4:8 Cain said to his brother Abel, “Let’s go out to the field.” 4 While they were in the field, Cain attacked 5 his brother 6 Abel and killed him.
1 sn The Letter to the Hebrews explains the difference between the brothers as one of faith – Abel by faith offered a better sacrifice. Cain’s offering as well as his reaction to God’s displeasure did not reflect faith. See further B. K. Waltke, “Cain and His Offering,” WTJ 48 (1986): 363-72.
2 tn Heb “and it was hot to Cain.” This Hebrew idiom means that Cain “burned” with anger.
3 tn Heb “And his face fell.” The idiom means that the inner anger is reflected in Cain’s facial expression. The fallen or downcast face expresses anger, dejection, or depression. Conversely, in Num 6 the high priestly blessing speaks of the
4 tc The MT has simply “and Cain said to Abel his brother,” omitting Cain’s words to Abel. It is possible that the elliptical text is original. Perhaps the author uses the technique of aposiopesis, “a sudden silence” to create tension. In the midst of the story the narrator suddenly rushes ahead to what happened in the field. It is more likely that the ancient versions (Samaritan Pentateuch, LXX, Vulgate, and Syriac), which include Cain’s words, “Let’s go out to the field,” preserve the original reading here. After writing אָחִיו (’akhiyv, “his brother”), a scribe’s eye may have jumped to the end of the form בַּשָּׂדֶה (basadeh, “to the field”) and accidentally omitted the quotation. This would be an error of virtual homoioteleuton. In older phases of the Hebrew script the sequence יו (yod-vav) on אָחִיו is graphically similar to the final ה (he) on בַּשָּׂדֶה.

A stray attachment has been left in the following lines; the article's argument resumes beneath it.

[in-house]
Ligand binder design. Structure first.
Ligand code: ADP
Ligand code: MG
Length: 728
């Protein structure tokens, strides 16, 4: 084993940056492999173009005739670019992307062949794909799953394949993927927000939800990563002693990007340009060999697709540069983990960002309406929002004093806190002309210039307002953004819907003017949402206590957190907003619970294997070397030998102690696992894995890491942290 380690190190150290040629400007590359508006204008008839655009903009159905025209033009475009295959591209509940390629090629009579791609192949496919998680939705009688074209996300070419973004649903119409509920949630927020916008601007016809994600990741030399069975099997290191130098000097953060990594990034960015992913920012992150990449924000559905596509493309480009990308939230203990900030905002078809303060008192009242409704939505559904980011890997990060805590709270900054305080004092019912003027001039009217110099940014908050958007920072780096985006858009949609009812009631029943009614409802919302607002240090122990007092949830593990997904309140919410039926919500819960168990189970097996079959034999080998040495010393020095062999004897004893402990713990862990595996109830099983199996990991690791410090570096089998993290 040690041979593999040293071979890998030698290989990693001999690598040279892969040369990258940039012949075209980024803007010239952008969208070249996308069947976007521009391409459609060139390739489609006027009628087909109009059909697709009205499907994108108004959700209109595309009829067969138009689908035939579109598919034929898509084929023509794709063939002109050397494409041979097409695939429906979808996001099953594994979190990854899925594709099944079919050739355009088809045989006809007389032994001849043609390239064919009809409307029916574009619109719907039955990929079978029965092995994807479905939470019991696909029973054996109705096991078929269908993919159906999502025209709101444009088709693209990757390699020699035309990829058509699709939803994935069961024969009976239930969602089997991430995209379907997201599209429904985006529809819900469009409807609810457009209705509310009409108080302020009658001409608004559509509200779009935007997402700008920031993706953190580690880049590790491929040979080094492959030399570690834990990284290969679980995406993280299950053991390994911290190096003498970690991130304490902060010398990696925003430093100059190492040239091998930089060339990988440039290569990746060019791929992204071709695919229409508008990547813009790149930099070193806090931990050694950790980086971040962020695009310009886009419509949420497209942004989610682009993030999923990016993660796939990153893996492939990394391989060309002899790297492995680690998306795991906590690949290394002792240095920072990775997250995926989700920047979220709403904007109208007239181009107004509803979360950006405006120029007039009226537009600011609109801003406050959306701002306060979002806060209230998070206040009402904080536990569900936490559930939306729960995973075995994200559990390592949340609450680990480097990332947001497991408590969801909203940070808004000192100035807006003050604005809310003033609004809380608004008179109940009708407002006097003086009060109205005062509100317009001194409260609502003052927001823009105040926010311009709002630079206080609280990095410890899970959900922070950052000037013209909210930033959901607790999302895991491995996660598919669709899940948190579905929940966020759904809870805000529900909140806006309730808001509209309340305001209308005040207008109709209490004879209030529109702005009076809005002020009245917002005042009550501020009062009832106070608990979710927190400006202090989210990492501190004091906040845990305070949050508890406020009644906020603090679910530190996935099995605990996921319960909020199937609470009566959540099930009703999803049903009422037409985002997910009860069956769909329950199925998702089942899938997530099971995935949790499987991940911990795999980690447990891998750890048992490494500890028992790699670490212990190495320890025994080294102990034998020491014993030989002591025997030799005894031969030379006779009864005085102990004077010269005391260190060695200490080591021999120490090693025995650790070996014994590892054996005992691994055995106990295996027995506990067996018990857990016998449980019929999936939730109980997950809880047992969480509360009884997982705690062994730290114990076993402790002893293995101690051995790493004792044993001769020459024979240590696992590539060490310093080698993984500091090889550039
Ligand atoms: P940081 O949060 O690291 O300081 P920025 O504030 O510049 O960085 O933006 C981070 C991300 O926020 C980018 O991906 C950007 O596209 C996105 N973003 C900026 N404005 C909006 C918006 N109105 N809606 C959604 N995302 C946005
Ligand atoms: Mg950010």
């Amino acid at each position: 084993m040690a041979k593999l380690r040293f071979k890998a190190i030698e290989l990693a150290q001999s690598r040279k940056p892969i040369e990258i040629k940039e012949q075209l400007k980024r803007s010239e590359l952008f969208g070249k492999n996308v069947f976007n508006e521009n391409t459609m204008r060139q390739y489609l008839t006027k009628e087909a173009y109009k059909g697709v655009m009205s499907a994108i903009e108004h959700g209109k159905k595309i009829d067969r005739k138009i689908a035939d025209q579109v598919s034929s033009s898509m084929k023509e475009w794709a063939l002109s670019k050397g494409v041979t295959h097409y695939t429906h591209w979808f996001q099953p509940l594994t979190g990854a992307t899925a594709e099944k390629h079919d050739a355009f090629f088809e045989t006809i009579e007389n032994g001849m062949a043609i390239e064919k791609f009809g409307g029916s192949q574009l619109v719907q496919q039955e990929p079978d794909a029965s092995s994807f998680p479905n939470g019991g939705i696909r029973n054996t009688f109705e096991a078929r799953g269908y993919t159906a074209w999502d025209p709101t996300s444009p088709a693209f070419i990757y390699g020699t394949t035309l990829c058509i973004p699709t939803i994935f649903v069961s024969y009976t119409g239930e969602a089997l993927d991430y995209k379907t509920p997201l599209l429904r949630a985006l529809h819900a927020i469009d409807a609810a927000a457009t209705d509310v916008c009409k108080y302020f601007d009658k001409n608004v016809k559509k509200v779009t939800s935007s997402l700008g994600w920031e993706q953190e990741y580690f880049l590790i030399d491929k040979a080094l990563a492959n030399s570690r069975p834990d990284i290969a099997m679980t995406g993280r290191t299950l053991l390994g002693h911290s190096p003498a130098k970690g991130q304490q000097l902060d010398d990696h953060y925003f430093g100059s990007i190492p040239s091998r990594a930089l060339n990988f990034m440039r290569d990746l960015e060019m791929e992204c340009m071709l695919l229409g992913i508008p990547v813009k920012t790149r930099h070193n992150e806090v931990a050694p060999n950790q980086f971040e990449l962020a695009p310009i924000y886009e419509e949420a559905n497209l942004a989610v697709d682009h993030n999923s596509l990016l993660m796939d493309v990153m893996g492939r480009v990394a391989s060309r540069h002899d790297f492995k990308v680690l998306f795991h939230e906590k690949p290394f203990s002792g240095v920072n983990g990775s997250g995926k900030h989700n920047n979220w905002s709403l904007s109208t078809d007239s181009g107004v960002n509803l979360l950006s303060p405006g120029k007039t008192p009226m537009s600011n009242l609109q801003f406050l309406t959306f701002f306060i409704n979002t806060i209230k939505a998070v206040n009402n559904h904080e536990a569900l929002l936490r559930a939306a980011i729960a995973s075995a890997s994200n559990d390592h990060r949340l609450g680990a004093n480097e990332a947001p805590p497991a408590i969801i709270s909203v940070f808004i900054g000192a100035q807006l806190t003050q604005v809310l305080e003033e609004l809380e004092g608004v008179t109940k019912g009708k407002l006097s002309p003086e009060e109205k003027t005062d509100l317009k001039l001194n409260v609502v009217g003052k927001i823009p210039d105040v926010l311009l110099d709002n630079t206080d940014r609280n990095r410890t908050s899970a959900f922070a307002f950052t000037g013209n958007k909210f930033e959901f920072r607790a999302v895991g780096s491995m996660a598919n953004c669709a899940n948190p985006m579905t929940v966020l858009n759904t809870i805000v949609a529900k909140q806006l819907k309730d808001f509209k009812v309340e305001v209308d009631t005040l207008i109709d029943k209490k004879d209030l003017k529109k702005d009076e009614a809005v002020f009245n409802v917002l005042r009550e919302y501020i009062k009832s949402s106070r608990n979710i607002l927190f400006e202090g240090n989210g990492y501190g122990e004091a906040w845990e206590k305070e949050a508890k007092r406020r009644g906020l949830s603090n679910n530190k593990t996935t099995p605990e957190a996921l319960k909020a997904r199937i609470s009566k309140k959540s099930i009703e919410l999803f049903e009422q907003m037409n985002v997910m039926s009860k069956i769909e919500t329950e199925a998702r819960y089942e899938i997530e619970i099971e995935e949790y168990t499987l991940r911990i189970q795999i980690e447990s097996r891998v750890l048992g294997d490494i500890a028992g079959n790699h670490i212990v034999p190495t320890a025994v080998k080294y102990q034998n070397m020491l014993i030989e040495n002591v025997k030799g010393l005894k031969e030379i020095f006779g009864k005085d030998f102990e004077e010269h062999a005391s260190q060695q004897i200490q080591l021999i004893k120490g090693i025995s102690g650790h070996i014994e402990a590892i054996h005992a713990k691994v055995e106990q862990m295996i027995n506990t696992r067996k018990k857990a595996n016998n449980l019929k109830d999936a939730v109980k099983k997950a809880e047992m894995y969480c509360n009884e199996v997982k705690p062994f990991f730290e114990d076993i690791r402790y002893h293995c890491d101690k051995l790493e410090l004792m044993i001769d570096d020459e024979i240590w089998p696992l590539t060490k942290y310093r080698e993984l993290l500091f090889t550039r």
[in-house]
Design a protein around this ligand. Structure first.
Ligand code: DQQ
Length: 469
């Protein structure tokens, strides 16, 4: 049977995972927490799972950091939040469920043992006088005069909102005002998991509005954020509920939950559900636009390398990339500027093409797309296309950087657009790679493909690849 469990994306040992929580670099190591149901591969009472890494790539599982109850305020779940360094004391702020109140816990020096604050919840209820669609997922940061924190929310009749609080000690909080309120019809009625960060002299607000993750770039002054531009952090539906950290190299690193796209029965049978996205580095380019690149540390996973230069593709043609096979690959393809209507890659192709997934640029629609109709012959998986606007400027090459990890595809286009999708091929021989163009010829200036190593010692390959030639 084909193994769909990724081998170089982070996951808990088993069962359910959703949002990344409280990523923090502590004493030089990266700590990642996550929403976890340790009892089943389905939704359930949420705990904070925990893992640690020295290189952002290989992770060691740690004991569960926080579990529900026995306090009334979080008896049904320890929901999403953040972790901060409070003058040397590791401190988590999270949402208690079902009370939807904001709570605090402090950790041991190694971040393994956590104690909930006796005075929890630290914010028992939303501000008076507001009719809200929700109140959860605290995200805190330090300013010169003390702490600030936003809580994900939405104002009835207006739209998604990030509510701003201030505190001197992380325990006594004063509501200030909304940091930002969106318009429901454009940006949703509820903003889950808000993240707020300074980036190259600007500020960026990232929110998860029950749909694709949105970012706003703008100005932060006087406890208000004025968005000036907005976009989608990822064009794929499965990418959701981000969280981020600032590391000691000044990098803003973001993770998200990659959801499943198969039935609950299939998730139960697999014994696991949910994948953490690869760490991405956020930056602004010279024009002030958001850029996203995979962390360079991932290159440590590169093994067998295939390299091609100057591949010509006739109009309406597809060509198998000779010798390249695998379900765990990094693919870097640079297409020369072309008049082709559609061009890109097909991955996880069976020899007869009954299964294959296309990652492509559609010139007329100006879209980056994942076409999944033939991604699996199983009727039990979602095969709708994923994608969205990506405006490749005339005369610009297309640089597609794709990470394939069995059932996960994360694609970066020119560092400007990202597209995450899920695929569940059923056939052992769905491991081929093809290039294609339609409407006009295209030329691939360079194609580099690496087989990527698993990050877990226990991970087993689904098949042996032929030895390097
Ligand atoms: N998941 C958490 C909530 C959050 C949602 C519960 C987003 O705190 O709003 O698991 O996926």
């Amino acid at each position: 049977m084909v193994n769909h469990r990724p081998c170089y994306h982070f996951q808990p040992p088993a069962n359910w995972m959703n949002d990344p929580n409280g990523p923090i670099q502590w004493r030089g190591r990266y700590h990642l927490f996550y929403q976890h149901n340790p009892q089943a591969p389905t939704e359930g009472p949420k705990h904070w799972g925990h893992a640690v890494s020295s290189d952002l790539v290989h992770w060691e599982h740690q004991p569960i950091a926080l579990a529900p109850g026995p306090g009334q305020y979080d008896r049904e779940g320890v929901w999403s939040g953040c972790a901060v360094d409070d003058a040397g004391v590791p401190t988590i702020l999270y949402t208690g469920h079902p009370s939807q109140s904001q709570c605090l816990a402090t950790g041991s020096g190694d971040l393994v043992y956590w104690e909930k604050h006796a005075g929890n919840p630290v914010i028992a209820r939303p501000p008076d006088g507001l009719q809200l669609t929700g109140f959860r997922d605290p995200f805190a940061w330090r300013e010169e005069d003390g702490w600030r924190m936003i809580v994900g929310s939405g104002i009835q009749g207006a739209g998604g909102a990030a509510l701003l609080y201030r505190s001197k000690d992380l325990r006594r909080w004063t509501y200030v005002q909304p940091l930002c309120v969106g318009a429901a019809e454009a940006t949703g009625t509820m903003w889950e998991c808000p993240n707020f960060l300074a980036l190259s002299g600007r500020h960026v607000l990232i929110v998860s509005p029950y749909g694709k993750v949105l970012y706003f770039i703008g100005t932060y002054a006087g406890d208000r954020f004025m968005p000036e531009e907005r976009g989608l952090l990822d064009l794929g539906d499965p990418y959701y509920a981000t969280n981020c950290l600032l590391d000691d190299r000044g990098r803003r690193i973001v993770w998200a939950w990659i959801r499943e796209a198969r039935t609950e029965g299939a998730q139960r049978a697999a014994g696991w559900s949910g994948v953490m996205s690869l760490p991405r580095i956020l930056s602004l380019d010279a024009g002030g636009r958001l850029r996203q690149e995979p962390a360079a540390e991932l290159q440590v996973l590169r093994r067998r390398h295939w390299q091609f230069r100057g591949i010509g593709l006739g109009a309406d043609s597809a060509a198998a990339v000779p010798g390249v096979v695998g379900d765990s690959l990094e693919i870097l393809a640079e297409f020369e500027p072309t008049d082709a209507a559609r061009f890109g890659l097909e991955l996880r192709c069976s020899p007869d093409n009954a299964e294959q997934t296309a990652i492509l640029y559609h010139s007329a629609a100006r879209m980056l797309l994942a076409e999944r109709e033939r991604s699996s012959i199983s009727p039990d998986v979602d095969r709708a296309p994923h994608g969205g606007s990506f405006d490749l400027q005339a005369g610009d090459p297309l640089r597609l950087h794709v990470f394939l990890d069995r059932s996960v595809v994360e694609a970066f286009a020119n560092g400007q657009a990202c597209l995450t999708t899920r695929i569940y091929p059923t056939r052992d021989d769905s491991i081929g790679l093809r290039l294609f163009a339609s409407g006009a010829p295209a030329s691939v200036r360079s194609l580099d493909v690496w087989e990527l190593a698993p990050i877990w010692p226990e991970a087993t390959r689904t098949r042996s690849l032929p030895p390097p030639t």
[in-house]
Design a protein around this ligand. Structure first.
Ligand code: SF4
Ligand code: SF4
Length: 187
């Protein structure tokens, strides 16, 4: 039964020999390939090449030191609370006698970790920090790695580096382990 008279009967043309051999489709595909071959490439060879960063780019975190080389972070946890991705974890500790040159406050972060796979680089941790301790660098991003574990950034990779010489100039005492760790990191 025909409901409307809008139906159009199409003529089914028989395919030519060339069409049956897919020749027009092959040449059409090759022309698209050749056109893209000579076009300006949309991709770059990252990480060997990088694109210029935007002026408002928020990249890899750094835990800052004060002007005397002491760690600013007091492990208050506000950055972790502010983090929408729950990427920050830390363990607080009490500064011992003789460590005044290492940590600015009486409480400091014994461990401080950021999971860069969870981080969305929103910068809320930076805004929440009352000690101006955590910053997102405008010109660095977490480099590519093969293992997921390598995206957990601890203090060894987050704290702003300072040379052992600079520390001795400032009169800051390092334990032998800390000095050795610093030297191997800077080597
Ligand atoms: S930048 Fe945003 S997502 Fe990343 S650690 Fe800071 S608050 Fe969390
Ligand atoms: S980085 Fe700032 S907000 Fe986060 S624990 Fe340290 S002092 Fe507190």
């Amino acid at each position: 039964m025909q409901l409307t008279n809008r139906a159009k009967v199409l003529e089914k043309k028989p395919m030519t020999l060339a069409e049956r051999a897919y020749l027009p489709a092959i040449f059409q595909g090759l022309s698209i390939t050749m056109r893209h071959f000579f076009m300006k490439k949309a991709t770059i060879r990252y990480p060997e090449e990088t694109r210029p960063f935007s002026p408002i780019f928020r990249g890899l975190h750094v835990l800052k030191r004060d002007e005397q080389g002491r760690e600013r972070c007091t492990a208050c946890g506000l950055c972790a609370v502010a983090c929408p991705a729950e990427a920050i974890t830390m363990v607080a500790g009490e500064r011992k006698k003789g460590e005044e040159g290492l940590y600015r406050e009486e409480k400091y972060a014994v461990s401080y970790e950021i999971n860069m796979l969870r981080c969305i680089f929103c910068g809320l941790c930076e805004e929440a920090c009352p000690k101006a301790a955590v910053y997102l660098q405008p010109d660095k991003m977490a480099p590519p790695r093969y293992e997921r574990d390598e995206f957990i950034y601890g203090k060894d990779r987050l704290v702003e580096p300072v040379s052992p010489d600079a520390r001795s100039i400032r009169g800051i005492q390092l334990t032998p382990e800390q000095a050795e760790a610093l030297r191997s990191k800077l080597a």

5 tn Heb “arose against” (in a hostile sense).
6 sn The word “brother” appears six times in vv. 8-11, stressing the shocking nature of Cain’s fratricide (see 1 John 3:12).